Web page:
While I am clearly partial to `solve`

style syntax (just look at JuliaDiffEq), it doesn’t hit the necessary points already mentioned in this thread. To summarize, a good API for this would need to:

- Be able to easily swap between different packages (and Base).
- Be able to “initialize”. This is important for dense solvers since being able to save the factorization can lead to large speedups, and for things like GPU code being able to do the data transfer once is essential.
- Have an easy in-place syntax.
- Be able to pass parameters.
- Not add dependencies.

The problem with `solve`

's syntax is that it does not do 2 well.

#### Example

To better situate the problem and show the advantages/disadvantages of various setups, let’s have an example problem. This example stems from Rosenbrock ODE solvers, but it’s a pretty common pattern throughout applied math. I would like to be able to write a function that solves a linear system three times, changing the right-hand side each time, and allowing the user to choose the method. Using the “God type” method of @stevengj / PETSc.jl (“God type” naming from @jiahao 's issue. I am not sure of a good name for it because it’s not always a factorization, but I will use the word factorization) , I can do this as follows:

```
function OneStep(f,...,linear_solver=lufact)
...
A = Jacobian(f(...)) # A comes from some Jacobian
K = linear_solver(A) # Build the factorization object
... # Some calculations
@into! x1 = K\b1 # First linear solve
... # use x1 a bit
@into! x2 = K\b2 # Second linear solve
... # use x2 a bit
@into! x3 = K\b3 # third linear solve
... # Do some stuff to end
end
```

First off, let me mention that `@into!`

is from InplaceOps.jl and just changes the linear solves to be an in-place operation via `A_ldiv_B!`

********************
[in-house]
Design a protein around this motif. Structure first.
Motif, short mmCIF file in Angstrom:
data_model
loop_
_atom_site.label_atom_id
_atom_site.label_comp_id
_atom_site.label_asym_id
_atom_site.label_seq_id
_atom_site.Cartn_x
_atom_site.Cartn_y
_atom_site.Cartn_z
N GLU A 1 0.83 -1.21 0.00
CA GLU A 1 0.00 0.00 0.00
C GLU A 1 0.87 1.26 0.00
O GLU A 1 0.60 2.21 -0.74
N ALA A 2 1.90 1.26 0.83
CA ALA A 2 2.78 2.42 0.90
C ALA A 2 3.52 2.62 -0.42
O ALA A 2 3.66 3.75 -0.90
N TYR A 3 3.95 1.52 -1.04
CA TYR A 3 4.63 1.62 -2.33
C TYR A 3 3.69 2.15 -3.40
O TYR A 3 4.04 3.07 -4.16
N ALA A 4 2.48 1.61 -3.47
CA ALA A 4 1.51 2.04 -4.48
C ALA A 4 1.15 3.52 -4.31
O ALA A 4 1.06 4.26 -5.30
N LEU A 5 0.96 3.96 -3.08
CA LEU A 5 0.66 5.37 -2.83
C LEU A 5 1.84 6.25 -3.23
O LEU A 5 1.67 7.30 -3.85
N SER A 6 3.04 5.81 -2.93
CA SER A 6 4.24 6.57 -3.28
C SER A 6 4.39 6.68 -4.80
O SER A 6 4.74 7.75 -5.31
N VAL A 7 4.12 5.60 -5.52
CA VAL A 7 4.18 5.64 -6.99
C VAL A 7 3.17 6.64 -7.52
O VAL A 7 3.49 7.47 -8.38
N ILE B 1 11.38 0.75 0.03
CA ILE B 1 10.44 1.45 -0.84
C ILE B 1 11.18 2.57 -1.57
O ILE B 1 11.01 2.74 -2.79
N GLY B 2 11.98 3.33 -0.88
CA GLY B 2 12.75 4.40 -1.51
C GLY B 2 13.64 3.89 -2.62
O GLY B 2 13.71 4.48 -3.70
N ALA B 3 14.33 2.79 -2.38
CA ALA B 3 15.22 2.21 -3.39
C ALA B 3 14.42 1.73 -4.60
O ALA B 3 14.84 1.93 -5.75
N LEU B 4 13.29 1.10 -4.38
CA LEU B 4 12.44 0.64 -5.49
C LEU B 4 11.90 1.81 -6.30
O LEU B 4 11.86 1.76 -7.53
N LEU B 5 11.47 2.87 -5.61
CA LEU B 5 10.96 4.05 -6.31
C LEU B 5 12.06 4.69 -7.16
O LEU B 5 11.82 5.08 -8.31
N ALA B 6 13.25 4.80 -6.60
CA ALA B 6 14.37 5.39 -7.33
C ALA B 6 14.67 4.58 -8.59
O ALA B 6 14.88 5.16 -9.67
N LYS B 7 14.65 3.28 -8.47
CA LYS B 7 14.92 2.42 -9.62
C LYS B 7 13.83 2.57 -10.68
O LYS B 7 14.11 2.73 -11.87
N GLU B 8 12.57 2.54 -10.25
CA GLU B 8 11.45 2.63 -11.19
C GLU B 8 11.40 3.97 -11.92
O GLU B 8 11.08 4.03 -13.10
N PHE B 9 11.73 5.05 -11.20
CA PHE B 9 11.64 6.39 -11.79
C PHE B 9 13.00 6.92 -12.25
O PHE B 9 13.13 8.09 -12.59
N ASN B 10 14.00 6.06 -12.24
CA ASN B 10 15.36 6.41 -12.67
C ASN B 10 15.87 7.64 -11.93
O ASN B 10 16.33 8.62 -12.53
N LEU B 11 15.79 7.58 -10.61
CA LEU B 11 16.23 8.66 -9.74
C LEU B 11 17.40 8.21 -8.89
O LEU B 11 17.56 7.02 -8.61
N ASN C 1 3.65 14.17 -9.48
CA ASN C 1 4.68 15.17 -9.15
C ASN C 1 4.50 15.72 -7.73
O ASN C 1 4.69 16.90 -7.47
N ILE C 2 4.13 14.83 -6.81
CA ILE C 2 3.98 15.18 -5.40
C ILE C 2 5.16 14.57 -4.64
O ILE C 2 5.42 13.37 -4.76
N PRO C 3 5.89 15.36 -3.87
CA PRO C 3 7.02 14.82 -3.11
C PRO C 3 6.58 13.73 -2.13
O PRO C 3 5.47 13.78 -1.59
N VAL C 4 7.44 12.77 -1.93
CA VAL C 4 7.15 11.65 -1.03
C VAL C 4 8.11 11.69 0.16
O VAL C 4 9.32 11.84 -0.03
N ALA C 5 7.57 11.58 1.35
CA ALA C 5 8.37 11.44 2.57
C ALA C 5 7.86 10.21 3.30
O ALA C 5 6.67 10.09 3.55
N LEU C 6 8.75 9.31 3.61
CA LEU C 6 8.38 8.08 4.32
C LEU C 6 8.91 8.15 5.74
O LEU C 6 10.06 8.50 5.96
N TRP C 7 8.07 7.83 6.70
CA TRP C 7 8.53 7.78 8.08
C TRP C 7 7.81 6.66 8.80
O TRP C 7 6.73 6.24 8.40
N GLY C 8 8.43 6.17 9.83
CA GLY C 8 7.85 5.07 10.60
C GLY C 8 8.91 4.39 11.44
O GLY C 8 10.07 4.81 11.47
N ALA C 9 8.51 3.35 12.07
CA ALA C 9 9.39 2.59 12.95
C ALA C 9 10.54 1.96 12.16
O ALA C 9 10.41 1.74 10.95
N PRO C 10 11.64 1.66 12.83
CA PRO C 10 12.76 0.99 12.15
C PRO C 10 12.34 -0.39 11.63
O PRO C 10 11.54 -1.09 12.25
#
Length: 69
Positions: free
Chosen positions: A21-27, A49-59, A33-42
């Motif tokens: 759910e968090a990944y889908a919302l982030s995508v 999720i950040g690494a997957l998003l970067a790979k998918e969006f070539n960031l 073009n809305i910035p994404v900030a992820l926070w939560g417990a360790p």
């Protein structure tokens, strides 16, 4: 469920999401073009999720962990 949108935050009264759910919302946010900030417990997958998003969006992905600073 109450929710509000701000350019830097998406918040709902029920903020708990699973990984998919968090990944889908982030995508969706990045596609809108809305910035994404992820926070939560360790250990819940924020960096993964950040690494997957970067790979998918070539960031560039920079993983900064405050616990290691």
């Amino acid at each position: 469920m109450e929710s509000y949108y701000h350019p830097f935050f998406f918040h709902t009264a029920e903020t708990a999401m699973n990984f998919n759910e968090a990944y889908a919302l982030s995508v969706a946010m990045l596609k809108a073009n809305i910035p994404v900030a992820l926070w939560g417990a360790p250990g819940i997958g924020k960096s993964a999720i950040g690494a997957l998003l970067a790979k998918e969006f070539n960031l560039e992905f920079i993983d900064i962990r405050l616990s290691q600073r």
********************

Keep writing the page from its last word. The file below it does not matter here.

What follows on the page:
, so it’s just clean syntax. But let’s actually see what that does. If one uses a dense matrix solver like `lufact`

or `qrfact`

, then this algorithm will solve the factorization once, and then re-use it in all 3 cases. This is then an efficient code for dense solvers. But in many cases, a Jacobian may be sprase. If someone passes in

```
OneStep(f,...,(A) -> KSP(A, ksp_type="gmres", ksp_rtol=1e-6))
```

then all of the linear solving places are replaced by PETSc.jl’s GMRES, with no modification to the code necessary.

Now let’s see how other packages could really build off of this. Take @kslimes 's CUSOLVER.jl. If this package provided an interface which had such types and dispatches, then the following could occur. The type generation could be some function like

```
linear_solve = (A) -> CudaSolve(A,csrlsvlu(),abstol=1e-6)
```

and which could send the (hopefully) sparse matrix to the GPU and save it as a sparse matrix in a CUDA format. Then \ (and `A_ldiv_B!`

) can be overloaded to

- Send the vector to the GPU (if the vector is not a GPU vector. This “if” is clearly dispatch)
- Compute
`\`

using the chosen algorithm.
- If it started on the CPU, send the resulting vector back to the CPU.

Now, when a user does

```
OneStep(f,...,(A) -> CudaSolve(A,csrlsvlu(),abstol=1e-6))
```

then, without any modifications to `OneStep`

, the code will do the linear solves on the GPU and only send the Jacobian to the GPU a single time.

Then if Pardiso.jl had an object setup which then just calls solve, or MUMPS.jl, or …, then all of these codes can easily be exchanged. Of course, you’d have to check the different packages for how to specify the tolerances each time (since they could name them literally anything), but in the end you can use anything. The package which has the `OneSteps`

function, in this setup, does have to depend on any of the linear solvers and so the user can give it any function which produces a type which can `\`

.

The problem with `solve`

is I don’t see how it can match this two-step approach in an easy manner and get the same efficiency. It can get lots of these things right, but the initialization is really crucial for many linear solving setups (not for iterative solvers, but just thinking about CPU-based iterative solvers is really close-minded here). And I don’t see why you’d want to avoid : MATLAB had some bad syntax choices, but \ is one choice that I find to be very clear and elegant.